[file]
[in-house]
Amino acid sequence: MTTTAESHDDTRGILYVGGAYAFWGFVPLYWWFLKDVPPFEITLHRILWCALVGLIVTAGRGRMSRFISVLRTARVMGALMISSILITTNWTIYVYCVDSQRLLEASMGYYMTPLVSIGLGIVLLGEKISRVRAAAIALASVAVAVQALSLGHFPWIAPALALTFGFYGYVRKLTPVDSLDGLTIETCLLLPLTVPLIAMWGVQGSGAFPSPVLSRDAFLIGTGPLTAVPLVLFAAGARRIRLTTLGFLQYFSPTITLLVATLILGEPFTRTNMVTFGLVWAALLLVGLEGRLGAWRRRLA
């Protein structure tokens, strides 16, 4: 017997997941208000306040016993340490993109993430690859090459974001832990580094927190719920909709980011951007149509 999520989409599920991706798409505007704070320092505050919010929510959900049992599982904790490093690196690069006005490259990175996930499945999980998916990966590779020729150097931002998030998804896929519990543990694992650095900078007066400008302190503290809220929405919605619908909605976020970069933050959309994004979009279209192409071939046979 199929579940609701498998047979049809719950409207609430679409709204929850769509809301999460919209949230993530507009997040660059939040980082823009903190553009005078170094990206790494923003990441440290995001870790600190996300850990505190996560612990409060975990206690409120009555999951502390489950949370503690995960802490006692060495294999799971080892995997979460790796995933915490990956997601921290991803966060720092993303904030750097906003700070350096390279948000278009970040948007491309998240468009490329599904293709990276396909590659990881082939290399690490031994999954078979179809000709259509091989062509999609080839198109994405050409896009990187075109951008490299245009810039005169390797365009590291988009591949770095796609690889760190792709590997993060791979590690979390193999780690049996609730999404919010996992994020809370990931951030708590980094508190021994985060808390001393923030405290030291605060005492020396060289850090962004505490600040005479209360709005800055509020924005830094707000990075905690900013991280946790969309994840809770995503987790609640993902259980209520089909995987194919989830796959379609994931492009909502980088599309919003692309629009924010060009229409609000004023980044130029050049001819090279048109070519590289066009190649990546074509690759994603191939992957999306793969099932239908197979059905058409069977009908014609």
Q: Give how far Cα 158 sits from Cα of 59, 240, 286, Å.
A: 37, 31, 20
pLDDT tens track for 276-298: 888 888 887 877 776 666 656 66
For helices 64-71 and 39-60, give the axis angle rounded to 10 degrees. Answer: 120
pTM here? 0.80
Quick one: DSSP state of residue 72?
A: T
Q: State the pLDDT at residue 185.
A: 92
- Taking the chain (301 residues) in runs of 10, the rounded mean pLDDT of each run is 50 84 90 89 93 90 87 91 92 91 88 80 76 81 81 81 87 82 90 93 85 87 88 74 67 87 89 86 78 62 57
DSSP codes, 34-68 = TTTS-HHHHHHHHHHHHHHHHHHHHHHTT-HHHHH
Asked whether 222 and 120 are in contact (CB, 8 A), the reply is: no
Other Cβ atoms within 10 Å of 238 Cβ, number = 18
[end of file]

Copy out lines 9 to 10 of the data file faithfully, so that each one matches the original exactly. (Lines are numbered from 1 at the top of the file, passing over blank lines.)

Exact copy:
Quick one: DSSP state of residue 72?
A: T